The opening concert of the Music Gallery’s X Avant New Music festival began with a huge explosion of energy Friday, October 11. The high-octane sounds coming from the Gordon Grdina Trio set the stage for the Montreal-based Quartetski and their retake of Stravinsky’s Rite of Spring. As I mentioned in my October WholeNote column, this work caused a riot when it premiered 100 years ago in Paris. As I was sitting listening to the brilliance of this reworking of the original, I couldn’t help but wonder how those audiences of 1913 would respond. I imagined Stravinsky himself with a huge wide grin dazzled by the eclectic palette of sounds, many of which would have been unheard of in his day. As for the audiences? Perhaps so shocked and stunned they wouldn't be able to move, let alone begin a riot.
But back to the music and its brilliance. For starters, there was the instrumentation: viola da gamba, violin, drums and eclectic percussion, various sound/noise objects, electric guitar with effect pedals, bass clarinet and soprano sax. But it was the seamless movement between scored sections and improvisation that captured my attention. The referencing of the original music was unmistakable -- the familiar melodies and the driving rhythms. But with the addition of improvisation, the individual virtuosic skills of each player shone; they approached their instruments as full-on sound generators including saxophone multiphonics, the bowing of the tailpiece of the gamba and a scratchy LP recording. One of my favourites was a DIY noise machine made by putting a stick in a styrofoam ball and placing it on a moving potter’s wheel, with the styrofoam ball acting as the sound resonator. You can see this white ball on the left in the photo.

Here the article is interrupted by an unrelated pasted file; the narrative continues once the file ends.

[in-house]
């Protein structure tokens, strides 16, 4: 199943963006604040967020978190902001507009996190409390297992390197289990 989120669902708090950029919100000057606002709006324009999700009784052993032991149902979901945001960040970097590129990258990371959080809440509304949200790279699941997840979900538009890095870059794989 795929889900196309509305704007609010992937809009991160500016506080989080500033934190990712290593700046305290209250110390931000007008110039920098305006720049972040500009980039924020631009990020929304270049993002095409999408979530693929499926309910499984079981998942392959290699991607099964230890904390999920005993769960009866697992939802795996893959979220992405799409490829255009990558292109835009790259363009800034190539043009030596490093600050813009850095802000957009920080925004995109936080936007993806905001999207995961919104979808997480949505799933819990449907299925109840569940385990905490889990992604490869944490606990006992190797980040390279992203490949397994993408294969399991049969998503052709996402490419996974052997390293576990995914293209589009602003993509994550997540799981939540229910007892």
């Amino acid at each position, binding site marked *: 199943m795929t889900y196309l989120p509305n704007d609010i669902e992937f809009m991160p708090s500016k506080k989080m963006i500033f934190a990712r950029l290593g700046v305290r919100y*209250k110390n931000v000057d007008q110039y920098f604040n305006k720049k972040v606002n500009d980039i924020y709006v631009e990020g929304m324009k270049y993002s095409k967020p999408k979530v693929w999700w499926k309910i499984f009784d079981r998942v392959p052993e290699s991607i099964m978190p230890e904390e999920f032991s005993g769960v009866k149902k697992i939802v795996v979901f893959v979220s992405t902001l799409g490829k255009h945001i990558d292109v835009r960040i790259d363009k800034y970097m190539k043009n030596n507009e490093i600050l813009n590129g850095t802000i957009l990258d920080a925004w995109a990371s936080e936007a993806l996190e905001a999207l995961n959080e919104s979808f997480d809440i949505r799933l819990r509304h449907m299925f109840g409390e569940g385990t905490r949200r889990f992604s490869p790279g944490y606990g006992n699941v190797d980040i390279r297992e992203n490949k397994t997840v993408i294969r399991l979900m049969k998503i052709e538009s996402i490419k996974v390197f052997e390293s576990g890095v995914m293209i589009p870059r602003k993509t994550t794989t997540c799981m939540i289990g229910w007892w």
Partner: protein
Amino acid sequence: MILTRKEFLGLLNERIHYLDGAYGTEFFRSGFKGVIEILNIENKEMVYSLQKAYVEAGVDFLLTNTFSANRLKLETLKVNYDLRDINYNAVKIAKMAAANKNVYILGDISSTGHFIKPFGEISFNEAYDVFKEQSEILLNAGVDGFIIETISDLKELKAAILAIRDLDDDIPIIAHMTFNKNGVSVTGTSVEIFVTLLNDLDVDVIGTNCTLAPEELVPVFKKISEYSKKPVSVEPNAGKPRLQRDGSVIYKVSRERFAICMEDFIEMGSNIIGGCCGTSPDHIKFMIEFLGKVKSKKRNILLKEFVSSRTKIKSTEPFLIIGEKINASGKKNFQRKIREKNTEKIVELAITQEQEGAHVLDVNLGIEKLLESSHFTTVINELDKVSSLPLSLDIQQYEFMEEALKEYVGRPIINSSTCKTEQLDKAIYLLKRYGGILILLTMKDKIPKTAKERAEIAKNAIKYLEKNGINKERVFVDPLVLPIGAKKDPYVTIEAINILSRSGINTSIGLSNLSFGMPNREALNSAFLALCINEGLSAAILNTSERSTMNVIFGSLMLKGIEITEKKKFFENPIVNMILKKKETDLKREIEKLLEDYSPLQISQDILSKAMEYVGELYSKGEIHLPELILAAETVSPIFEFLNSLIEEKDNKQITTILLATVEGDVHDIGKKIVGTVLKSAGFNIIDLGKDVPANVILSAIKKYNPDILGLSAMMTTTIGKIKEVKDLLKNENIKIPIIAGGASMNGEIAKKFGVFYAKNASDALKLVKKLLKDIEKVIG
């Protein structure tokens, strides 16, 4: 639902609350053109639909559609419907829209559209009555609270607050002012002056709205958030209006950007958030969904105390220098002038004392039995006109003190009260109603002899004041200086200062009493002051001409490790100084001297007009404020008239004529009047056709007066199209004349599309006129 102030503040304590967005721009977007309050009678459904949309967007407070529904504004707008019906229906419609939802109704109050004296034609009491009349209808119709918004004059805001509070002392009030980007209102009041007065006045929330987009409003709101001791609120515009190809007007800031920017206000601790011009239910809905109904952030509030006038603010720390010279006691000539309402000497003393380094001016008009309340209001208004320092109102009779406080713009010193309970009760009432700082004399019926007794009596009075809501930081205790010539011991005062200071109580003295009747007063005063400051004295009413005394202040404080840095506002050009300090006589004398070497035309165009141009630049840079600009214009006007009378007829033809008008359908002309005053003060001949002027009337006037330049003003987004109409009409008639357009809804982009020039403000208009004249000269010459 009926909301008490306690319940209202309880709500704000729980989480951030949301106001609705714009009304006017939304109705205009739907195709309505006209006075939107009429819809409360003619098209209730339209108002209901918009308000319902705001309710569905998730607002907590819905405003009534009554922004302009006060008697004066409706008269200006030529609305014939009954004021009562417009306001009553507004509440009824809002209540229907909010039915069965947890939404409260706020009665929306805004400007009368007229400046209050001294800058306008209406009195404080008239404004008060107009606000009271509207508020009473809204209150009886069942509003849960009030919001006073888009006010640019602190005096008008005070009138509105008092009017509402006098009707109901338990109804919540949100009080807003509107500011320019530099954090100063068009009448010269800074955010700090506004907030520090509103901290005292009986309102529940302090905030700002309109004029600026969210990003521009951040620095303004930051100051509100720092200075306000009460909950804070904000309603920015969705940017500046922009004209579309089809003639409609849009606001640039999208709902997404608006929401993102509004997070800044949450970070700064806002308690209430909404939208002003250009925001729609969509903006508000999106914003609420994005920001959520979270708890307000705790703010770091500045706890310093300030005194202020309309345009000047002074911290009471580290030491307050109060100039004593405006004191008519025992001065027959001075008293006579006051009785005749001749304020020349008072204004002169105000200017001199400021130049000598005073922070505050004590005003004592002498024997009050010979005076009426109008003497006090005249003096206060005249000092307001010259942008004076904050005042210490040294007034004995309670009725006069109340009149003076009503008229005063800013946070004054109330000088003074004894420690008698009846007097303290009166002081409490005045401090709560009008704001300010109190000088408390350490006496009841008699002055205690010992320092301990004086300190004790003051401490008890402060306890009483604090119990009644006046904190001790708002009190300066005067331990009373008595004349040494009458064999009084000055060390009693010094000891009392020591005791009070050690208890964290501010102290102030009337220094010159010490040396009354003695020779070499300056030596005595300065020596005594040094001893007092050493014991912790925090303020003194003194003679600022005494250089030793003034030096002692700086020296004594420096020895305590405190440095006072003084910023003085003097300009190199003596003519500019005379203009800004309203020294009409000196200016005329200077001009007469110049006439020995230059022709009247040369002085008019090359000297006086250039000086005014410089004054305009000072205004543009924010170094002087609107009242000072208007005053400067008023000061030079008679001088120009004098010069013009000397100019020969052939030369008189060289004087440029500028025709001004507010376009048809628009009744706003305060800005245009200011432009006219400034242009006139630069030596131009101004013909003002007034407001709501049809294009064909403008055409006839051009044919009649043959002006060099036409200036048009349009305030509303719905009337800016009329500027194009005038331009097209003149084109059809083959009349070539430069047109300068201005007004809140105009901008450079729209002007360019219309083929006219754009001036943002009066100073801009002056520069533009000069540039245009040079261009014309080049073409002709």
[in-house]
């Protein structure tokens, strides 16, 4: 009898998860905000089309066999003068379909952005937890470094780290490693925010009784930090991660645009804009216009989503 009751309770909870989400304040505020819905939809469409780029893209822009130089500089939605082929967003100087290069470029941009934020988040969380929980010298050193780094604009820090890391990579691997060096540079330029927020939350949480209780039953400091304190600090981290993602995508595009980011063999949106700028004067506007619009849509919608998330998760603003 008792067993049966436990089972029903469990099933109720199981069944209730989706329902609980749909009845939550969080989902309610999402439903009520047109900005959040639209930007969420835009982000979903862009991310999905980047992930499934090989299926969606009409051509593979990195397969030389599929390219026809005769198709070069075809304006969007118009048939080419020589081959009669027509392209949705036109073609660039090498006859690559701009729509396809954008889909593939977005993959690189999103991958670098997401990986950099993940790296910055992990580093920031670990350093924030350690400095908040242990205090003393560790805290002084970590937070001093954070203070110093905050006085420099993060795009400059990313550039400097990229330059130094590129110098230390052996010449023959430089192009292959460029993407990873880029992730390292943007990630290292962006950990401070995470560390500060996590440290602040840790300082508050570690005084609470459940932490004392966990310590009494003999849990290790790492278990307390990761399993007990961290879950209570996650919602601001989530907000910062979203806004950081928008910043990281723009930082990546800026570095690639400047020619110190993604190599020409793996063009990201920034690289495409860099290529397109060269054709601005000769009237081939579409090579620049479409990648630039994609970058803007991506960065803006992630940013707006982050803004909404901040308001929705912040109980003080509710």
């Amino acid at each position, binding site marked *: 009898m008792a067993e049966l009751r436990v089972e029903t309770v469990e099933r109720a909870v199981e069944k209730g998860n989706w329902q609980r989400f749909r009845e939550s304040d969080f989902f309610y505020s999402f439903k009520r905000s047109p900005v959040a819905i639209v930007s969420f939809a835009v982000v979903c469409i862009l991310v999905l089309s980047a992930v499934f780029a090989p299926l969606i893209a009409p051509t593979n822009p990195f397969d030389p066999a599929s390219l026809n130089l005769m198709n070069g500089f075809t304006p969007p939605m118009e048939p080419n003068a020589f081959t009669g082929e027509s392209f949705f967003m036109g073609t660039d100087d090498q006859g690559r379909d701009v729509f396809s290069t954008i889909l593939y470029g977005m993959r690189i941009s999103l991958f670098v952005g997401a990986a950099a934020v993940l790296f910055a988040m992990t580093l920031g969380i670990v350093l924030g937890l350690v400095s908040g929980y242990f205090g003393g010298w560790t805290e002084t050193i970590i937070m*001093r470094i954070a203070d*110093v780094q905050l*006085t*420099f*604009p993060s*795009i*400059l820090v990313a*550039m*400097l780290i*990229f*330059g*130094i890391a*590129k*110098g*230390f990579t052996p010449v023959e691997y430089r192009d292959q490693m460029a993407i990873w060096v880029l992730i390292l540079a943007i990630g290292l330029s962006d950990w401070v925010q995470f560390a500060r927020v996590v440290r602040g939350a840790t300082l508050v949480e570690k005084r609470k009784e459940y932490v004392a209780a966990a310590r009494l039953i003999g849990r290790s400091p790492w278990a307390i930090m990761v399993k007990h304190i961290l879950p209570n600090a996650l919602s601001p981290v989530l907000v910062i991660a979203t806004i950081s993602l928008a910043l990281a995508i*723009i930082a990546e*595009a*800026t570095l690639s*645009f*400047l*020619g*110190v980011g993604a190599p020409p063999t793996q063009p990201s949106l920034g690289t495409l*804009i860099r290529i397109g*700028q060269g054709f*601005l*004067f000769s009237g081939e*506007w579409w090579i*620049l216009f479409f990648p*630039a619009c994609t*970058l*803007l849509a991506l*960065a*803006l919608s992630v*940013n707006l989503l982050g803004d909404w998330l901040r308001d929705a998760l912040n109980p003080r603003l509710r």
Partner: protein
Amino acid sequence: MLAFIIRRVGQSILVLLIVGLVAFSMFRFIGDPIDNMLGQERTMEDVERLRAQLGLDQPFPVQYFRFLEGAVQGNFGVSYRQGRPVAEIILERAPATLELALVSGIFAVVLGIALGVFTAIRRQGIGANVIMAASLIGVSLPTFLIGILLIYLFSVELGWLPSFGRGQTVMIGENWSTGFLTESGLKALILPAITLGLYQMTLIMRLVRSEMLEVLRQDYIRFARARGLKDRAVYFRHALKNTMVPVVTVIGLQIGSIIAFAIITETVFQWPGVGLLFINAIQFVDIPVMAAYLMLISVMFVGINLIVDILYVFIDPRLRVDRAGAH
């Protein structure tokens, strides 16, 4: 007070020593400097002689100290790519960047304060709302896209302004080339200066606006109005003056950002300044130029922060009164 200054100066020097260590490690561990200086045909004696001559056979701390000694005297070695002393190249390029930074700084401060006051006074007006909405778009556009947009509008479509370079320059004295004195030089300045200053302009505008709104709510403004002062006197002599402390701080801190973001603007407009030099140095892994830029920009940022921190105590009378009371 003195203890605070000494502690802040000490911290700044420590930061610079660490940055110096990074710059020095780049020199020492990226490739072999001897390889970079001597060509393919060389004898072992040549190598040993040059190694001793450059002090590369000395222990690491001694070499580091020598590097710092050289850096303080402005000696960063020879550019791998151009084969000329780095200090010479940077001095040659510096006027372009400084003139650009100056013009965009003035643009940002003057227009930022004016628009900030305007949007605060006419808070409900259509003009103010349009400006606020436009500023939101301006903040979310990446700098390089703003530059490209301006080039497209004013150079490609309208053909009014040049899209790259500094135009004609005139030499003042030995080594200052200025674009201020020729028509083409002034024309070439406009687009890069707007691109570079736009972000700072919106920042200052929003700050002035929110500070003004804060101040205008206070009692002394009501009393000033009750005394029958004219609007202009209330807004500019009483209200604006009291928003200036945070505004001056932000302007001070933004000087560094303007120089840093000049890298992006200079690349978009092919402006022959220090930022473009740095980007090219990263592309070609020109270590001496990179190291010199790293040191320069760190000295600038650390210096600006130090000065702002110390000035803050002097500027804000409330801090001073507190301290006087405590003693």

After the concert, I asked the group’s founder and viola da gamba player Pierre-Yves Martel about how this piece came together. He told me that after listening to various orchestral versions, he studied the two-piano reduction created by Stravinsky. He proceeded from there to make an arrangement based on each player’s skills and unique talents. One of his fascinating ideas was to use various lines from the orchestral score that would not normally be heard so distinctively -- such as the tuba and flute parts. His creation was then brought to the group and honed into its final form through a collective process of improvisation and revisions.
To give you a taste of the imaginative melding of score and improvisation, here's a clip of the opening four minutes, thanks to Joe at Mechanical Forest Sound. It begins almost imperceptively with static-like sounds before we hear the familiar haunting opening melody. Then hold onto your hat as the sonic roller coaster kicks in.
To read more about Quartetski and listen to other audio clips go to quartetski.com.